The last big contributing factor to the decline of walkers in cube is the increased frequency and potency of manlands and vehicles on offer. These types of card are especially effective against planeswalkers who struggle to protect against them with their sorcery speed creature control effects. Vehicles and manlands are also commonly played because threat diversity is generally useful, it is not simply because they counter walkers, if that was the case the meta would undulate back and forth. As it is we just have a lot of vehicles and manlands getting action and a consistently repressed planeswalker count to go with that. A bunch of the better vehicles and manlands are evasive further causing trouble for walkers. They also counter planeswalkers in one of the most oppressive ways - that is proactively. You just play your lands and so manlands are typically just ready to go by the time walkers are coming down. Vehicles, if not just cheap, do tend to be very well statted. And even if unable to be crewed at the time there is no guarantee that they will not be come the next attack. As such you are reticent to deploy a walker into a vehicle regardless. This all makes walkers really dodgy. Not quite dead card dodgy but that distinct vibe, just a card you can't afford to use as it will be too easily and efficiently answered by my opponent and leave me further behind.
So, what walkers do still see play and what is it about them that sets them apart from the 80%+ of walkers that have become a liability over the space of about six or seven years? Power is absolutely the main factor but certainly not the only factor. Cards like Jace, TMS and Narset have plummeted in value in the cube while still being pretty strong legacy cards. While both are still fine in cube neither stand out at all from the crowd any more. They simply lack the board presence or control. Too lacking in tempo or robustness. Two loyalty and a bounce is dodgy to say the least! That kind of line is asking to get steamrolled. Beyond just raw power the planeswalkers that remain in cube are either those with high enough impact on few activations or those that are cheap and able to maintain strong board control. Here is the list of the 9 planeswalkers that stand out from the crowd in the current state of cube.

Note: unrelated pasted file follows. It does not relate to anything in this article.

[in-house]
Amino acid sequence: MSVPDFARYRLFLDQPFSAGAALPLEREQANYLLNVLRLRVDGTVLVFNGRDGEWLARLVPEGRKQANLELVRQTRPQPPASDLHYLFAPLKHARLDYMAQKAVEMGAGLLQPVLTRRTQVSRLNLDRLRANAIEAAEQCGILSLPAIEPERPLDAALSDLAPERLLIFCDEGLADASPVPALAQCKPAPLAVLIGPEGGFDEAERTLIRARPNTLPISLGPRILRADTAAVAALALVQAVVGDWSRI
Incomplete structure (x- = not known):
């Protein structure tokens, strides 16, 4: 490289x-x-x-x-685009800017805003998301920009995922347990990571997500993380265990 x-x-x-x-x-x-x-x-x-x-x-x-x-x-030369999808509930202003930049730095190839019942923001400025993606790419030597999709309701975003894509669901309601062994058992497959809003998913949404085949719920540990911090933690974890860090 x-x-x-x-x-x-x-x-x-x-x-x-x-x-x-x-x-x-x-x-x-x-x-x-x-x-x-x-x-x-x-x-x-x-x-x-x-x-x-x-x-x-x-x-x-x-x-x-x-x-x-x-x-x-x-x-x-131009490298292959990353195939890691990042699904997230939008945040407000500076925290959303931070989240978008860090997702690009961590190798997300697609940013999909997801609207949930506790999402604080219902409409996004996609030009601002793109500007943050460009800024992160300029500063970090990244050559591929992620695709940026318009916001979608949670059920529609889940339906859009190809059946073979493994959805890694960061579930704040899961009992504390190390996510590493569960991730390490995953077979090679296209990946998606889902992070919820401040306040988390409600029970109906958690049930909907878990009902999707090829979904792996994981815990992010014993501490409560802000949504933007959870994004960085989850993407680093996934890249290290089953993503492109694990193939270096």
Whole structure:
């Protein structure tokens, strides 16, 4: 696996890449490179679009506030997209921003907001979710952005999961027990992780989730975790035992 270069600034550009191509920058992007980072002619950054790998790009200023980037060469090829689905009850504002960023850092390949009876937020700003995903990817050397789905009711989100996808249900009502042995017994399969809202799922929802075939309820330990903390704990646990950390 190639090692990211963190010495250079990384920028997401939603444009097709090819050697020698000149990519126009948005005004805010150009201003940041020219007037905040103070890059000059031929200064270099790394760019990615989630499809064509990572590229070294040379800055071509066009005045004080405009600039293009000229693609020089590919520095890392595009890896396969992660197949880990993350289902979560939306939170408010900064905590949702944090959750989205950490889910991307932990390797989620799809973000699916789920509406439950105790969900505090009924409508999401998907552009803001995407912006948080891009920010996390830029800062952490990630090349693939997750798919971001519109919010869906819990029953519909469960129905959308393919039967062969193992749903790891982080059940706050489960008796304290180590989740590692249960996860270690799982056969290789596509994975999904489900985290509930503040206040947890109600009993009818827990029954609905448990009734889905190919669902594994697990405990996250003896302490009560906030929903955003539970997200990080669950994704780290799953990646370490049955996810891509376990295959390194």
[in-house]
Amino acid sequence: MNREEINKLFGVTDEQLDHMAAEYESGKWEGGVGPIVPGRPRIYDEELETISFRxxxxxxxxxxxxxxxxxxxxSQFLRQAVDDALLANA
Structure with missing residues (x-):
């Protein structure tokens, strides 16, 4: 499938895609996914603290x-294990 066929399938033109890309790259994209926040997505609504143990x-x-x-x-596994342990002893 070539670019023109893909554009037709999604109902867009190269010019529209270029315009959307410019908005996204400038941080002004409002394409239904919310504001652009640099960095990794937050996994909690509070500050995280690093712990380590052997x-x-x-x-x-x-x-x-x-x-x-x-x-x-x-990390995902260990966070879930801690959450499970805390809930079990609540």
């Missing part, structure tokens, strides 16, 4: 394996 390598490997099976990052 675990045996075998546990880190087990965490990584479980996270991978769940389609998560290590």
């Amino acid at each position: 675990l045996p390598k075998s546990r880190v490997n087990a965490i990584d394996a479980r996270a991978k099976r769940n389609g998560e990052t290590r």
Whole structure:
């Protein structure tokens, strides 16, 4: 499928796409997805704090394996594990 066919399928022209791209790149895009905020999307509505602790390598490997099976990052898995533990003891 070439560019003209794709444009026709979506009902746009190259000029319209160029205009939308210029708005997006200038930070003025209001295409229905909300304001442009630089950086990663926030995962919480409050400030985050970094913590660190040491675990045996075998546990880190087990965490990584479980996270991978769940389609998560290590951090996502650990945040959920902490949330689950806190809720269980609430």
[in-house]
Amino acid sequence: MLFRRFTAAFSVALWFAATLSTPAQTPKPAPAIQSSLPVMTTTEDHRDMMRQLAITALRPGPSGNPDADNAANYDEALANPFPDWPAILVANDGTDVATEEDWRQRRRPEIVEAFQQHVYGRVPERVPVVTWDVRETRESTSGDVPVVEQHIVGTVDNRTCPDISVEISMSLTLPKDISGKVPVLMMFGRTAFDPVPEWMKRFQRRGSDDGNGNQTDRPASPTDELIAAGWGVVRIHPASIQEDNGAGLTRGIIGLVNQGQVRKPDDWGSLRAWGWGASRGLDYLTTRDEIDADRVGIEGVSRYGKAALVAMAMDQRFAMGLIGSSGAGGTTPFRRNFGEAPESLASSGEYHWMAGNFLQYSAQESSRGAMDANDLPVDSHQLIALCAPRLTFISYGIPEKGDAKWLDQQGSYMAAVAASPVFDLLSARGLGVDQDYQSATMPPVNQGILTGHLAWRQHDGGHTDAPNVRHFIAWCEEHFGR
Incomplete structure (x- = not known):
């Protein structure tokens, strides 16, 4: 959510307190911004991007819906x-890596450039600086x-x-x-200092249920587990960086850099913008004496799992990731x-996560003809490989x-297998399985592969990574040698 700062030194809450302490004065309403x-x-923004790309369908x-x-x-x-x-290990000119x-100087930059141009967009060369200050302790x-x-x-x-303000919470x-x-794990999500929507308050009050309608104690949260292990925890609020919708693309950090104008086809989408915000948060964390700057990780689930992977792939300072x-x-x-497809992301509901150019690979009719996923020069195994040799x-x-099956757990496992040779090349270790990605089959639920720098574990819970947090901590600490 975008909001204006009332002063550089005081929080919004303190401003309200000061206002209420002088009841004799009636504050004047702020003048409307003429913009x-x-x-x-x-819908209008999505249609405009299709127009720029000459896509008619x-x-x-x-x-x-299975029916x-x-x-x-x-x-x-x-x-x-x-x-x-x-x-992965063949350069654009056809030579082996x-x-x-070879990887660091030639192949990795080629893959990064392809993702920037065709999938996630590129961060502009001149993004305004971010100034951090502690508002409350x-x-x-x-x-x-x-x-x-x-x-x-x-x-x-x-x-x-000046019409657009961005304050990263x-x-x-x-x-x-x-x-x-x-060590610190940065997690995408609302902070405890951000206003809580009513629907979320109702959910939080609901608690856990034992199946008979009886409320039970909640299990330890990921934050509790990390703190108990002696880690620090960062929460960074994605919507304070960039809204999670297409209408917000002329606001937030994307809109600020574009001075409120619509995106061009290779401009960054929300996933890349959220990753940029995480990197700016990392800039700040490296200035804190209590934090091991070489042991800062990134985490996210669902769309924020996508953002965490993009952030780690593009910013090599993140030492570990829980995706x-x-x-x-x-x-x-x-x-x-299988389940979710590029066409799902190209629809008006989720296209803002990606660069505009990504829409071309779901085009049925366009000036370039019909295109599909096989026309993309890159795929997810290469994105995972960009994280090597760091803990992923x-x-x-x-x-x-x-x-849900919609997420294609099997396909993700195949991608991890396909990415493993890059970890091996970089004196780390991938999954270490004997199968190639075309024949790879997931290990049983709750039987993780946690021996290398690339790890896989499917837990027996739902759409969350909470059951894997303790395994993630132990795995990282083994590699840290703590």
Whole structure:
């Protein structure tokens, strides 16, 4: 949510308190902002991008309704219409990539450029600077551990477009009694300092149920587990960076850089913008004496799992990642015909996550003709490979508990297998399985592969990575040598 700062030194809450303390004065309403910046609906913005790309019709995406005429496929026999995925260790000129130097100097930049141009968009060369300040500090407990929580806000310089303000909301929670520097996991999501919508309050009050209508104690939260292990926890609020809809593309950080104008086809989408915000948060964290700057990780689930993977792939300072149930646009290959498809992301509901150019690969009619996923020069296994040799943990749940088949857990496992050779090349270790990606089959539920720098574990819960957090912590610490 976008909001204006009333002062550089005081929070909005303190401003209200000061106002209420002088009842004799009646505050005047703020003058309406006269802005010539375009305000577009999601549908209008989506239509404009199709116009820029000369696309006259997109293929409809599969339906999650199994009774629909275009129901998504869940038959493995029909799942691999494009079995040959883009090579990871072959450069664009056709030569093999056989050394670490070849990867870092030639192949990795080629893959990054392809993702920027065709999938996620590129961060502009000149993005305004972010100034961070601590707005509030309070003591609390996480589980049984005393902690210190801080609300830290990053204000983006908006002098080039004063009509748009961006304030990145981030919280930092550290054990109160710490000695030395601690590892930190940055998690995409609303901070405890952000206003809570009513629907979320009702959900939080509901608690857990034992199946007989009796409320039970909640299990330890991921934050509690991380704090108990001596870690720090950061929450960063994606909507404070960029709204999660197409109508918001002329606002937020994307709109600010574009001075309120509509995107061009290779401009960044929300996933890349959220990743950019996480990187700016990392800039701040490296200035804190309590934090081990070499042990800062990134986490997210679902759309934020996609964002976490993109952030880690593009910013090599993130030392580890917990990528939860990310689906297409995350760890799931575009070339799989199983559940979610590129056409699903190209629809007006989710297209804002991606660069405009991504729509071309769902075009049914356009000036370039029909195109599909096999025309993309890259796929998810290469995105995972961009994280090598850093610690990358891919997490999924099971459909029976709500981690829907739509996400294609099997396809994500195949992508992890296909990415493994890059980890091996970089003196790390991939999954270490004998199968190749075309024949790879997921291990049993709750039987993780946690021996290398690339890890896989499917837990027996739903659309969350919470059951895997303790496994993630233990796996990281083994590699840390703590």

1. Minsc & Boo, Timeless Heroes
This is a very silly magic card that was designed for a completely different format. It is still strong in commander where it has a wildly reduced activation frequency, way more opportunity to be attacked down, more life buffer and more opponents to contain it, and generally a lot beefier things to content with. Walkers are mostly not that good in EDH and this dude is. No shocker then that this is oppressive in 1v1 formats. We banned this very quickly. It was really hard to beat. Untap with it and win, often in more than one way should you chose. Even if they could answer it they still had the 4/4 kicking their head in which was often too much to handle. A lot of games were stalled by wasting removal on Boo so as to avoid it becoming a 7/7 or getting thrown at something. A really sad stall that rarely ever worked. This card was way waaay too much to the point of not being fun. Often played on turn three and either ending the game on the spot if unanswered or just leaving them well ahead at worst. This walker just entirely ignores the basic rule of walkers by being good on one activation and game winning on two. It feels a bit like it comes with a free personal Time Walk so as to skip that first turn where an opponent can answer a walker and not be behind having done so... It is cards like this that make me wish I had avoided product lines that skip standard.